Defensive coordinators play big role in Rams-49ers rivalry
By JOSH DUBOW
SANTA CLARA, Calif. (AP) The play-calling head coaches get lots of the attention around the Los Angeles Rams and San Francisco 49ers.
But the success that Sean McVay and Kyle Shanahan have had as coaches in Los Angeles and San Francisco has had as much to do with the play of their defenses.
Those performances have made the coordinators of the two units among the more prominent candidates for head coaching jobs soon with the Rams' Raheem Morris looking for a second shot at a full-time job and the Niners' DeMeco Ryans looking for his first.
But before the coaching carousel starts up again there are more immediate focuses with the two coordinators and teams vying for NFC West supremacy heading into Monday night's showdown between the Rams (2-1) and 49ers (1-2).
For Ryans, the challenge will be devising a defense to slow down Matthew Stafford and Cooper Kupp.
"Those guys are always in sync and they're always on the same page, which makes it tough as a defense to defend those guys because they're so good, they're so precise at what they do that they make it a really tough challenge," he said.
For Morris, the challenge will be dealing with the diverse run game from Shanahan that can turn the smallest of mistakes into a game-changing play.
"The mental stamina it takes to get those things done, that's the type of game it is," Morris said. "That's what I mean by it's Niner week. All of those things matter, all those things will be in play."
Ryans has made a rapid rise up the coaching ranks following a stellar, 10-year career as a linebacker in the NFL. He has risen from a quality control coach in San Francisco in 2017 to inside linebackers coach the following year to defensive coordinator the past two.
His ability to design a defense, motivate and teach his players, and know the right moments to make a call has helped San Francisco rank in the top five the past two seasons in yards per play allowed (4.94) and points per game allowed (20.1).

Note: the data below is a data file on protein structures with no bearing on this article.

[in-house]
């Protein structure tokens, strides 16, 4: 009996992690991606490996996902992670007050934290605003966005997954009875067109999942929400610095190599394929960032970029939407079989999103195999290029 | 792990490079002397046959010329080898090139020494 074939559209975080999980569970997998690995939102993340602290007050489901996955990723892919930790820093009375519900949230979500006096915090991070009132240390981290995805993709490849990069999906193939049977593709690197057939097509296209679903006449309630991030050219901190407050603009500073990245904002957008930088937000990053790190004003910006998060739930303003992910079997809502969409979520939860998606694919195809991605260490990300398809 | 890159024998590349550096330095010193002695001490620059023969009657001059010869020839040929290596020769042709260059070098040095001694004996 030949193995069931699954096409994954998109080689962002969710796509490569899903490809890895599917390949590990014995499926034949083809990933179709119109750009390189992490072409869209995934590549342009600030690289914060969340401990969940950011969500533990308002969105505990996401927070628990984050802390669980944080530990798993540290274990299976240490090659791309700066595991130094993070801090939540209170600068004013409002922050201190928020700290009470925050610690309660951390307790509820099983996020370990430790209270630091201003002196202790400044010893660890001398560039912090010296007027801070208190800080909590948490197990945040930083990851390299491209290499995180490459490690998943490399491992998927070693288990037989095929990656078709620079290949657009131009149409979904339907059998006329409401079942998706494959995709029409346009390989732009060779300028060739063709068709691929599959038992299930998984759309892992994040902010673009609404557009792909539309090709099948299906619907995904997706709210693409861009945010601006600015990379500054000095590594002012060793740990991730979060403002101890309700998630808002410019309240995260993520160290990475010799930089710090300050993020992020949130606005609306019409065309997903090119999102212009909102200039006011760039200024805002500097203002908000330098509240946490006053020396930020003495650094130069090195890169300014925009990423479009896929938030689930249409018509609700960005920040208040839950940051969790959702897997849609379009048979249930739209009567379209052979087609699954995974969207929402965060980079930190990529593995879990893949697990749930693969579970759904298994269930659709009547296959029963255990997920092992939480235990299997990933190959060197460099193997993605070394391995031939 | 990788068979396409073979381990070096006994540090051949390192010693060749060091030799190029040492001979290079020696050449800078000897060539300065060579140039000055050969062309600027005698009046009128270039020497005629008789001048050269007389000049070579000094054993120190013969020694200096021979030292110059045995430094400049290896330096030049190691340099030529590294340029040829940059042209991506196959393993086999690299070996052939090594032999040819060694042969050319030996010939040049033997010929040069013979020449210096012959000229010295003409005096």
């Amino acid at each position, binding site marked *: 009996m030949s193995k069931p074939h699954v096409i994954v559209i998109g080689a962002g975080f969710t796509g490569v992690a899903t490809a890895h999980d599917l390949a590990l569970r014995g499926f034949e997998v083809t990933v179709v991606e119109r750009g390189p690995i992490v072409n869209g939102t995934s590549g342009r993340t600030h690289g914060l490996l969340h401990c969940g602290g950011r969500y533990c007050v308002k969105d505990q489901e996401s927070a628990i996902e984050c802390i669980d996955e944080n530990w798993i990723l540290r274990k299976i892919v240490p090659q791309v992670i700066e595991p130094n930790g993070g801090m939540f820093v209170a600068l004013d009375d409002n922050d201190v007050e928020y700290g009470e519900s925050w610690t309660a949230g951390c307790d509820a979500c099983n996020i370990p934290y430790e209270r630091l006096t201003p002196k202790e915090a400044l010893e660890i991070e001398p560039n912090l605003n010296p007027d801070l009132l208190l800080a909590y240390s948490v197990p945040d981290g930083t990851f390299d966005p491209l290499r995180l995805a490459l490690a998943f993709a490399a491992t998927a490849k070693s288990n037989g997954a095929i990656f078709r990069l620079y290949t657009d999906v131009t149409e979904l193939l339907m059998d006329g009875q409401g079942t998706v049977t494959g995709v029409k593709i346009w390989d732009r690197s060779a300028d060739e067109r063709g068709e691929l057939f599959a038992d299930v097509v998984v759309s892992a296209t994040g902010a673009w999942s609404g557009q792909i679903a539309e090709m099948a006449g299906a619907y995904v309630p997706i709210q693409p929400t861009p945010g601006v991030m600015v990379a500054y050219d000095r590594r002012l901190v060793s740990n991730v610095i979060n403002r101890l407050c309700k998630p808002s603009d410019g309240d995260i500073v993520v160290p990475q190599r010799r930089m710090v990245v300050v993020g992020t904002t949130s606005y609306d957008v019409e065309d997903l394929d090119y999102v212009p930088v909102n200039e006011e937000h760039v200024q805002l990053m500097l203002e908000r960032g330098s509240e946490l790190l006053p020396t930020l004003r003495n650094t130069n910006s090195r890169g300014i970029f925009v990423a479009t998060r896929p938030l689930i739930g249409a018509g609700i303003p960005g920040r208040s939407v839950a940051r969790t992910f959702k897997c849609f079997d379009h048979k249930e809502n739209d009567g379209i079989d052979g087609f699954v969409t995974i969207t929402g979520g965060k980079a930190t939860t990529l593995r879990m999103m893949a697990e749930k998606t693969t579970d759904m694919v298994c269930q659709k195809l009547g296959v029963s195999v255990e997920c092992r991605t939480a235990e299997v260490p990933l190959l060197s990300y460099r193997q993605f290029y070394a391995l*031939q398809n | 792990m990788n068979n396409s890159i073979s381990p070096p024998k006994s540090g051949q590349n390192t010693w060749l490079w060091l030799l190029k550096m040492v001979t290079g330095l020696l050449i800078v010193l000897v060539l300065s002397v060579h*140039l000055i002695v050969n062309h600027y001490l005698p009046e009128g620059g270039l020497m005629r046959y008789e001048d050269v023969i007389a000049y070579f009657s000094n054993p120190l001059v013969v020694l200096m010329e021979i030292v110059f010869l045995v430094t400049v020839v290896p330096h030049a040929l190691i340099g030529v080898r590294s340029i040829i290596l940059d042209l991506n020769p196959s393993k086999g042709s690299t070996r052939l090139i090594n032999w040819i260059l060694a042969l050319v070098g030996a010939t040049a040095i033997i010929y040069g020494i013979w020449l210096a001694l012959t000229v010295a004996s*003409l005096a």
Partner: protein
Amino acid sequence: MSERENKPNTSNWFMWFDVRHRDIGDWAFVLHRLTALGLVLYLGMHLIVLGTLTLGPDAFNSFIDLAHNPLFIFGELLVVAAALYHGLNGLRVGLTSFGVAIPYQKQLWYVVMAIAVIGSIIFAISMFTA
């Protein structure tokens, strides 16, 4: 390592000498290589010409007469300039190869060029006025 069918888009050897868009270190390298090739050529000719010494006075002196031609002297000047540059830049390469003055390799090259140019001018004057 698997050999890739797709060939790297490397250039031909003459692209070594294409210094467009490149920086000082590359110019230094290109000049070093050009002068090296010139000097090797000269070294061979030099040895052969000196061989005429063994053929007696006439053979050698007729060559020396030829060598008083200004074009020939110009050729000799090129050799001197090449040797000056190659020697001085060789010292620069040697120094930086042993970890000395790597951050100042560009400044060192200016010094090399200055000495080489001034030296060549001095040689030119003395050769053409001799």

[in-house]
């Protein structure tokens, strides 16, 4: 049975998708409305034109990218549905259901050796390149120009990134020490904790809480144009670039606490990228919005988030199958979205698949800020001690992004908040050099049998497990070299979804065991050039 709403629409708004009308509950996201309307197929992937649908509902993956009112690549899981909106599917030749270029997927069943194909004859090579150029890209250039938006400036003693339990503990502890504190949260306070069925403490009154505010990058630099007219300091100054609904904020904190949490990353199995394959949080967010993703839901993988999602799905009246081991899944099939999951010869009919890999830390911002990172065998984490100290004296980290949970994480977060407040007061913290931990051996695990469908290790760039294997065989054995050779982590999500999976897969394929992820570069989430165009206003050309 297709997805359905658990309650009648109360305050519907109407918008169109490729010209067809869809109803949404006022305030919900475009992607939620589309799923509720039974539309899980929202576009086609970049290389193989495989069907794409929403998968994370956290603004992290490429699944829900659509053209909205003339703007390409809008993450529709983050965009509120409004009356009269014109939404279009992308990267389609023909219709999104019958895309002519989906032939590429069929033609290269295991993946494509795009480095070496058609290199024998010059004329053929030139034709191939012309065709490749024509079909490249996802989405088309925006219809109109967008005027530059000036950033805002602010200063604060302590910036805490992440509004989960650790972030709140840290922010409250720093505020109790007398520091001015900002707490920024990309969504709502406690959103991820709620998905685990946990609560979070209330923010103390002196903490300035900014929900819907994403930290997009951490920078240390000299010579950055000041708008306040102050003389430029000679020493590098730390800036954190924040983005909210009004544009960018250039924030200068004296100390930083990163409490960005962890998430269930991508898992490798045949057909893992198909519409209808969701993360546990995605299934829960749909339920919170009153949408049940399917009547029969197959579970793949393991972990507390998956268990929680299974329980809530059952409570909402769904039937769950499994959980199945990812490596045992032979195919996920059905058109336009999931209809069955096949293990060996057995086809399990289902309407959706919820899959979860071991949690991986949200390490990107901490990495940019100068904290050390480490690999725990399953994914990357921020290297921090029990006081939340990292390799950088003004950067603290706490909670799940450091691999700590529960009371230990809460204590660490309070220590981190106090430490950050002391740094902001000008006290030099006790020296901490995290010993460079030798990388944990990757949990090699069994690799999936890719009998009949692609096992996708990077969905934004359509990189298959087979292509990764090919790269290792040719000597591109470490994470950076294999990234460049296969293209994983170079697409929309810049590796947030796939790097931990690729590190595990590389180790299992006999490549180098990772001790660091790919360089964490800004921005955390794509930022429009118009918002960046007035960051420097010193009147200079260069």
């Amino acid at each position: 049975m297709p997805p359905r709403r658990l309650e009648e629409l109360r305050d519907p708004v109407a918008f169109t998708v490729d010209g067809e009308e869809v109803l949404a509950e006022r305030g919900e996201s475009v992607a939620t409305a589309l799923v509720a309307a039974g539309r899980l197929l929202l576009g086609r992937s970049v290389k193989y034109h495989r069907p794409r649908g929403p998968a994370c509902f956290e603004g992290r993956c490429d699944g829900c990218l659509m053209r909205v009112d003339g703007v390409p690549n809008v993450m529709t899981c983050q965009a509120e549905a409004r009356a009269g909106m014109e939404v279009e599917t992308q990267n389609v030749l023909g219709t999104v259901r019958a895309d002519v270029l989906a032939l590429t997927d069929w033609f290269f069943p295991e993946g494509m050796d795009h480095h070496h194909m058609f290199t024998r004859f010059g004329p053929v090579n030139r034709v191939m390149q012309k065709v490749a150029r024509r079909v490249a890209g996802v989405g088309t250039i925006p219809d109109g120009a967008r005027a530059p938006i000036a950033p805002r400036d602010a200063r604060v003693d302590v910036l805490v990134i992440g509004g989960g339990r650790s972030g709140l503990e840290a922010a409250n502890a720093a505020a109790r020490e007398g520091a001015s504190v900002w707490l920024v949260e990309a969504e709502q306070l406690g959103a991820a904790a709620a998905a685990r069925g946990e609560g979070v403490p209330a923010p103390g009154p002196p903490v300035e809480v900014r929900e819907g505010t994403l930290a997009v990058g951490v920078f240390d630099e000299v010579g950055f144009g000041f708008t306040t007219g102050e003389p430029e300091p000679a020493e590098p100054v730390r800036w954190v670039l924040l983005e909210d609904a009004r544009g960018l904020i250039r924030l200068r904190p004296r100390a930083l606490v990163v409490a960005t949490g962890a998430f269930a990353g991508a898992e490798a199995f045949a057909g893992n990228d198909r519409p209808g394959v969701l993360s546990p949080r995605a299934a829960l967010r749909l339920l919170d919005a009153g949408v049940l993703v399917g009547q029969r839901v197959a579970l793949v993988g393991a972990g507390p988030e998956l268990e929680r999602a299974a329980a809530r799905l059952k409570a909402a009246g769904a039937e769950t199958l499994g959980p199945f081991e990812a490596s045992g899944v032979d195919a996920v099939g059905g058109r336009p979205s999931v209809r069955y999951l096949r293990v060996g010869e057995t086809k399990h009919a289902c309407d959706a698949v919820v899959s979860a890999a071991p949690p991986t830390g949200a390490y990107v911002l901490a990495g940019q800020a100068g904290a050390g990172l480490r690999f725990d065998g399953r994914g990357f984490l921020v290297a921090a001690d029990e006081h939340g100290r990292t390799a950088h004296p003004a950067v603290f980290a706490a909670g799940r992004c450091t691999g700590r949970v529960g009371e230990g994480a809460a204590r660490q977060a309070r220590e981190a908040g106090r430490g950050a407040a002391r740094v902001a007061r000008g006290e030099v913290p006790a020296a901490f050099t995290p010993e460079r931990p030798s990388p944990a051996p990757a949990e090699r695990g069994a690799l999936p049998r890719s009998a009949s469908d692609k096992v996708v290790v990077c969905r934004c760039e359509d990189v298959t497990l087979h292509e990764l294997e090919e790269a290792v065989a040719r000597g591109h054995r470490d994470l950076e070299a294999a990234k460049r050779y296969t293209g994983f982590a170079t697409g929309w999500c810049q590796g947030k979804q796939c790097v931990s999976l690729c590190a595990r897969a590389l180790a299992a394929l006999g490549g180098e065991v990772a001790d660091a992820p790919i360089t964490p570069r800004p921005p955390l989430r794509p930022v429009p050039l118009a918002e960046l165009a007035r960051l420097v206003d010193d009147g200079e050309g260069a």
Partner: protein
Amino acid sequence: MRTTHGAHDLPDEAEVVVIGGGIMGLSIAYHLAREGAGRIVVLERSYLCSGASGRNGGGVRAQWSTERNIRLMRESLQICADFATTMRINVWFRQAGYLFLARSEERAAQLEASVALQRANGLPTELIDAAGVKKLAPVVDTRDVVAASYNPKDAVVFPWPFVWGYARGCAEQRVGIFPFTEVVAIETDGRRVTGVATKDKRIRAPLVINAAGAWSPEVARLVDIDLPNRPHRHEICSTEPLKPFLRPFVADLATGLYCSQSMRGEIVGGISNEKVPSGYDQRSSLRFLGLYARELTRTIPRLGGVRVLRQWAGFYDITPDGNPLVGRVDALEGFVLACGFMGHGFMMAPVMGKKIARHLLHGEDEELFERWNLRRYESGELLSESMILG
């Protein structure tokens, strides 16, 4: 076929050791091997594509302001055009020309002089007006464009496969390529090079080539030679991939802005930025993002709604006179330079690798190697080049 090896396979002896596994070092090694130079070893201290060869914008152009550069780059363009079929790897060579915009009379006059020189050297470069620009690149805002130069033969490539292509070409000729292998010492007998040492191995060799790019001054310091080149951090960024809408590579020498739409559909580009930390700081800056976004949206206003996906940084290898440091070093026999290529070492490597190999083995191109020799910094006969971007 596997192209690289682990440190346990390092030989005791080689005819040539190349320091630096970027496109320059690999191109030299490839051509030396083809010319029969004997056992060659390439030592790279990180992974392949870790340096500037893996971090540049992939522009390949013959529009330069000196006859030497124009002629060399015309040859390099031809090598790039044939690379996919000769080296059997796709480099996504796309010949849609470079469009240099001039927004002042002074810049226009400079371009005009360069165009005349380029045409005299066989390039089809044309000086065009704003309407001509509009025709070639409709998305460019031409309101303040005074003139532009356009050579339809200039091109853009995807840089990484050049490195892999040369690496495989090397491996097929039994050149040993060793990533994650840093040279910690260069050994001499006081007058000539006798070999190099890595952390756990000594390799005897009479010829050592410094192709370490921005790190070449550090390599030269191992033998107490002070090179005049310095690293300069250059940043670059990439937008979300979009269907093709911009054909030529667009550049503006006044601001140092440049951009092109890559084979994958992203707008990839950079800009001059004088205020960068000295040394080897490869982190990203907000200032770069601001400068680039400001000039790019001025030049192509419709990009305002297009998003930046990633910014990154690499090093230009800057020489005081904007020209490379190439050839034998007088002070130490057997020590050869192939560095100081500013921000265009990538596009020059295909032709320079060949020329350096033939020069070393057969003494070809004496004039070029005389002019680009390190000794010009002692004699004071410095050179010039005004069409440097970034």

Niners linebackers coach Johnny Holland, Ryans' position coach in Houston his first five seasons, saw this coming.
"I knew immediately after about a month being around him that he was going to be a special player and got some special talents as a leader," Holland said. "It's not a big surprise what he's doing. He's such a sharp guy, a leader and a lot of energy and understands people. So the sky's the limit for him. He's going to do very well and eventually he's going to be a head coach."
Ryans has devised a defense that has made life difficult on Stafford and the Rams and might have been good enough to get to the Super Bowl last season had Jaquiski Tartt held onto an interception.
With a fearsome pass rush led by Nick Bosa that is able to get pressure without blitzing, the Niners made life difficult for Los Angeles last season.
"They're really complete," Stafford said. "They do a great job of affecting the quarterback in the pocket, do a great job of stopping the run, keeping a roof on the defense. Nobody's really gotten behind the safeties so they do a really nice job of that. Really well-rounded defense, super physical, really well big challenge for us."
Ryans had his first opportunity to interview for a head coaching job last offseason, but pulled out of consideration in Minnesota to remain in San Francisco.
Morris was also a candidate for that job as he hopes to one day get a second chance after a failed three-year run in Tampa Bay from 2009-11.
Morris got a shot as interim coach in Atlanta in 2020, but his work with the Rams as coordinator the past two years has raised his stock as he has helped get the most out of stars such as Aaron Donald and Jalen Ramsey to help Los Angeles win the Super Bowl last season.
Shanahan, who worked with Morris in Tampa Bay and Washington, said the way Morris moves his star players such as Donald, Ramsay and linebacker Bobby Wagner around makes life difficult on offenses.
"It's just switching people up, testing your rules, all that stuff, which is tough when they have those guys out there, how they mix it up," he said.
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Updated October 2, 2022